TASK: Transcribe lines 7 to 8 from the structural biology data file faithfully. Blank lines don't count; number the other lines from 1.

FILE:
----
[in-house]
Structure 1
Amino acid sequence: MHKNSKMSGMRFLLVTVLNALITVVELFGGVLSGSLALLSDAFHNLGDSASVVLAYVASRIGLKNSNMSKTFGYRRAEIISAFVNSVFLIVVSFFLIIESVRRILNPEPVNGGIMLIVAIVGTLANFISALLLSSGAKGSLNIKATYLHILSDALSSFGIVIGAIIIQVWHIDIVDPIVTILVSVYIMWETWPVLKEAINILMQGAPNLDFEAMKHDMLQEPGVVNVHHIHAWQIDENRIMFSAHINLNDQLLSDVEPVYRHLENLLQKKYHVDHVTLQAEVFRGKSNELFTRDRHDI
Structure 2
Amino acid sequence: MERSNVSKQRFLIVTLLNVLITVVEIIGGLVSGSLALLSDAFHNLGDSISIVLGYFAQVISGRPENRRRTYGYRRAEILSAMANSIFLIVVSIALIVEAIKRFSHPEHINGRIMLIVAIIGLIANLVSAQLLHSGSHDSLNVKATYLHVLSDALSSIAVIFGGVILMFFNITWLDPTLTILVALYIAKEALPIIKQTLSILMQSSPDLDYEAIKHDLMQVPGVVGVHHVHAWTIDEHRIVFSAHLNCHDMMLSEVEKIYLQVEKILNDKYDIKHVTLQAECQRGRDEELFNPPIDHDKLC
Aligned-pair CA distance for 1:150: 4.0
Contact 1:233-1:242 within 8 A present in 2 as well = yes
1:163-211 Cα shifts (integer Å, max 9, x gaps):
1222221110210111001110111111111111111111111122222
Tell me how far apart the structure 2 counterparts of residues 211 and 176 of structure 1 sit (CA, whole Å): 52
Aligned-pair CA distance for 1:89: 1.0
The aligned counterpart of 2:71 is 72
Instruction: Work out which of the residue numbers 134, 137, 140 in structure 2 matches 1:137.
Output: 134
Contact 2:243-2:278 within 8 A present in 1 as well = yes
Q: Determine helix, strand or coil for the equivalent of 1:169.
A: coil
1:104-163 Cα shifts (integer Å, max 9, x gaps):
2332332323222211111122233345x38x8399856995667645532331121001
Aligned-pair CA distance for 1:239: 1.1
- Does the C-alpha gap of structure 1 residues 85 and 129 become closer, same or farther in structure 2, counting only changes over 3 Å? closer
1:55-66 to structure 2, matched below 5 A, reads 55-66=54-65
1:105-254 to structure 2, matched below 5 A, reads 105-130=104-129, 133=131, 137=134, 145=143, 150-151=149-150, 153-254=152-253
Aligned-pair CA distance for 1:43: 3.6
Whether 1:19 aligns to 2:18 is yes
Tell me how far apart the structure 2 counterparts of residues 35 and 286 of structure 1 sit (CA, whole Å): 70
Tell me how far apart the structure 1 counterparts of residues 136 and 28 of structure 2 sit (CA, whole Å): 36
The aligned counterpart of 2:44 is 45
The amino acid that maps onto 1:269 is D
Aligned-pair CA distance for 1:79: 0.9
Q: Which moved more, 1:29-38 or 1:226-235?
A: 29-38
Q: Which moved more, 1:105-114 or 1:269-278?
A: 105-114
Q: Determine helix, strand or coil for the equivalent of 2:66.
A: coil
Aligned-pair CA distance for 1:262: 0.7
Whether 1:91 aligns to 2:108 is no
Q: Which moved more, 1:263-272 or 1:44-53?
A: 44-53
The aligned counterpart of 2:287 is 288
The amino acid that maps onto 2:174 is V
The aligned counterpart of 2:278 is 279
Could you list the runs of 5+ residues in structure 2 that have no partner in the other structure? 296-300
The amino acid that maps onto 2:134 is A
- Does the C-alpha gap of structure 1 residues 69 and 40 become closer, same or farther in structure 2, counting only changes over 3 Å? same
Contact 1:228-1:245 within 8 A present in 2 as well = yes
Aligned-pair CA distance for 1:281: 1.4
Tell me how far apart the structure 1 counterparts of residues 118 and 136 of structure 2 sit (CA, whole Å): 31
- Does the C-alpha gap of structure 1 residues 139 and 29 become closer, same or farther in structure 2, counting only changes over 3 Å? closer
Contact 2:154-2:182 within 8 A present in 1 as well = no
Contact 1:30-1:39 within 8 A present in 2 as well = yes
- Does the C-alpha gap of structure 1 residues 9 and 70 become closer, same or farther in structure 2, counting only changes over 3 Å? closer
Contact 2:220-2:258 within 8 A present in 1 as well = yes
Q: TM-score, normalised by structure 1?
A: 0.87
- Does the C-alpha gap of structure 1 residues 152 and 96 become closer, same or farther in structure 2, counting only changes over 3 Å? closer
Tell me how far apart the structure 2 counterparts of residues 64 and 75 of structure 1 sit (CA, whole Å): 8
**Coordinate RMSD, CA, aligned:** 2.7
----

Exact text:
Contact 1:233-1:242 within 8 A present in 2 as well = yes
1:163-211 Cα shifts (integer Å, max 9, x gaps):